Manchester United Fans Burn American Flag In Protest Of Owners, Super League

That’s one way to show your hatred of your American owners.

Foreign owners have never been more despised in England, and not even pulling out of the Super League could prevent Manchester United fans from burning an American flag in protest on Saturday.

Fan protests broke out across England this week after the announcement of the new European Super League, featuring five of the Premier League’s best teams and also Arsenal. So vehement were the demonstrations that the English clubs almost immediately decided to pull out of the nascent competition. But that didn’t halt the protests, as ire turned toward American owners seen as ruining the game.

On Friday, Arsenal fans gathered en masse outside of Emirates Stadium before the Gunners’ 1-0 defeat to Everton, calling for American Stan Kroenke to get out of their club. Similar protests were seen outside of Stamford Bridge, Old Trafford and Anfield throughout the week.

Manchester United fans broke into the club’s training grounds on Thursday. United supporters have been demanding “Glazers Out,” referring to the Glazer family’s ownership of the club, specifically co-chairmen Joel and Avram Glazer, the sons of the late American businessman Malcolm Glazer, who bought the club 15 years ago.

On Saturday, fans went a step further, burning the American flag during protests against the Glazers.

Man Utd Fans Burn American Flag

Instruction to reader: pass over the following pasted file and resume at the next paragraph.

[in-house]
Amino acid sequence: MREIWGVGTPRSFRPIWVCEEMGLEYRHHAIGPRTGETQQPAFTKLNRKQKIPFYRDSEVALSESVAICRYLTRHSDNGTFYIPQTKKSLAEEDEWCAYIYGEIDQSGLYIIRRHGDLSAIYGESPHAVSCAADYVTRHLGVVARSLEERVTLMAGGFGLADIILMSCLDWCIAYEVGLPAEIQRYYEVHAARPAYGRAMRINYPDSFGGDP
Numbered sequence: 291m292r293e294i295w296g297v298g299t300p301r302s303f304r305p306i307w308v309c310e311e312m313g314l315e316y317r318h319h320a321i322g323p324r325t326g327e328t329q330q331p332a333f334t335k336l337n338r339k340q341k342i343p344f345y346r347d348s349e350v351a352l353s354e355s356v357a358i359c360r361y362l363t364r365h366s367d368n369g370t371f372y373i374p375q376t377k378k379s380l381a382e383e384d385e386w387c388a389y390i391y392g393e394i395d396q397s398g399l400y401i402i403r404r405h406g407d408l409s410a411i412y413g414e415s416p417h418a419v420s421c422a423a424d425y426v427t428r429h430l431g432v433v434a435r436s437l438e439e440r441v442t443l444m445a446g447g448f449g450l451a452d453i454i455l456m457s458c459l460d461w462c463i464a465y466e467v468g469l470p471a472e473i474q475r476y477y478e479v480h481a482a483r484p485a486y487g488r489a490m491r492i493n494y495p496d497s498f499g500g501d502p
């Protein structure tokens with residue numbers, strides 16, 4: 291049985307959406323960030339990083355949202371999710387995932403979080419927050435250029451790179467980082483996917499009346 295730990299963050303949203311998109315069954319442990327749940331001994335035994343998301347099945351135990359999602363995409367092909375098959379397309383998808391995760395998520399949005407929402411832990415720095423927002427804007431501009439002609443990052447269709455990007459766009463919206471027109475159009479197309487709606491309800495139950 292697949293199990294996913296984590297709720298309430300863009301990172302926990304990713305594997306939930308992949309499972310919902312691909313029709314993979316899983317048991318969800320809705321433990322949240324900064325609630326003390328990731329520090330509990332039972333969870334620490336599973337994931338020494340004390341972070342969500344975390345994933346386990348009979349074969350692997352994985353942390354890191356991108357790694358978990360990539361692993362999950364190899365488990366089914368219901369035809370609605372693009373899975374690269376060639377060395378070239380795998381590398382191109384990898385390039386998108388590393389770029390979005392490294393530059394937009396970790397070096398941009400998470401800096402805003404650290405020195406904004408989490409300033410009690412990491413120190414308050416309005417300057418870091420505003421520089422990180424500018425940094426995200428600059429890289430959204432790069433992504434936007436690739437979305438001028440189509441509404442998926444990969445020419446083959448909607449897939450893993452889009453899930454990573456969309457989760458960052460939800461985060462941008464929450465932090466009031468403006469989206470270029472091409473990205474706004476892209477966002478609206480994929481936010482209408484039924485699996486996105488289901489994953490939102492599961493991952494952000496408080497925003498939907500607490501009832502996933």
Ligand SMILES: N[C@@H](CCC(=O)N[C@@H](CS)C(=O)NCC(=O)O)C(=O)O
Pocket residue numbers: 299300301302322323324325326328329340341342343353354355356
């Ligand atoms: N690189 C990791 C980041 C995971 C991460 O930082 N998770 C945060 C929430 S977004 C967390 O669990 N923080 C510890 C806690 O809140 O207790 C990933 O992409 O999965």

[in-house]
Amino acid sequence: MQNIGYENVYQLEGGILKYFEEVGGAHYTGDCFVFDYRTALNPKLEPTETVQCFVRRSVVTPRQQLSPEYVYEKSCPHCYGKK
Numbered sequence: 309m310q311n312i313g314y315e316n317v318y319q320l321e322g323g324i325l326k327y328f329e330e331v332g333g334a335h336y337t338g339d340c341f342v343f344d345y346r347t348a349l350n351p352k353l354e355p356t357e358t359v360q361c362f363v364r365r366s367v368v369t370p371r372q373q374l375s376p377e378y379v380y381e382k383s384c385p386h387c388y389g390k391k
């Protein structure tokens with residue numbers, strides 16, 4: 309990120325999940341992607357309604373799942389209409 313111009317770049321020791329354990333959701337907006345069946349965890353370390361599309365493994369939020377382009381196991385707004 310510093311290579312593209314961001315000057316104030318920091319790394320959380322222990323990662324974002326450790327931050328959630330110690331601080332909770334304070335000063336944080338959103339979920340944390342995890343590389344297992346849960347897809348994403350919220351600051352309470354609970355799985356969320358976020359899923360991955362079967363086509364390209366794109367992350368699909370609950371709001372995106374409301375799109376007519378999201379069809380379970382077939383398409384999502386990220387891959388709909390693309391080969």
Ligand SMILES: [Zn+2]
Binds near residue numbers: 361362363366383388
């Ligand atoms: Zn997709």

While seeing the Stars and Stripes in flames can be triggering for many Americans, it’s important to remember it’s not an illegal act even in the U.S., where it’s considered protected free speech. But that fact probably won’t stop Fox News from twisting the footage to fit whatever false narrative it wants to brainwash its viewers with. 

Though by no means illegal, burning the American flag is a sign of just how incensed fans are with American owners right now. European soccer is historically an open competition, where any club can rise through the ranks to reach the top competitions. The Super League was a direct attack on that system, rewarding the rich clubs with a tournament that’s nearly entirely closed off to the rest of Europe. 

Embed from Getty Images

While the outrage is understandable, it would be nice to see fans show this sort of anger over the continuous racial abuse of footballers. It’s clear where English football fans’ priorities are: American ownership is much worse to them than racism, which is pretty fucked up if you ask me. 

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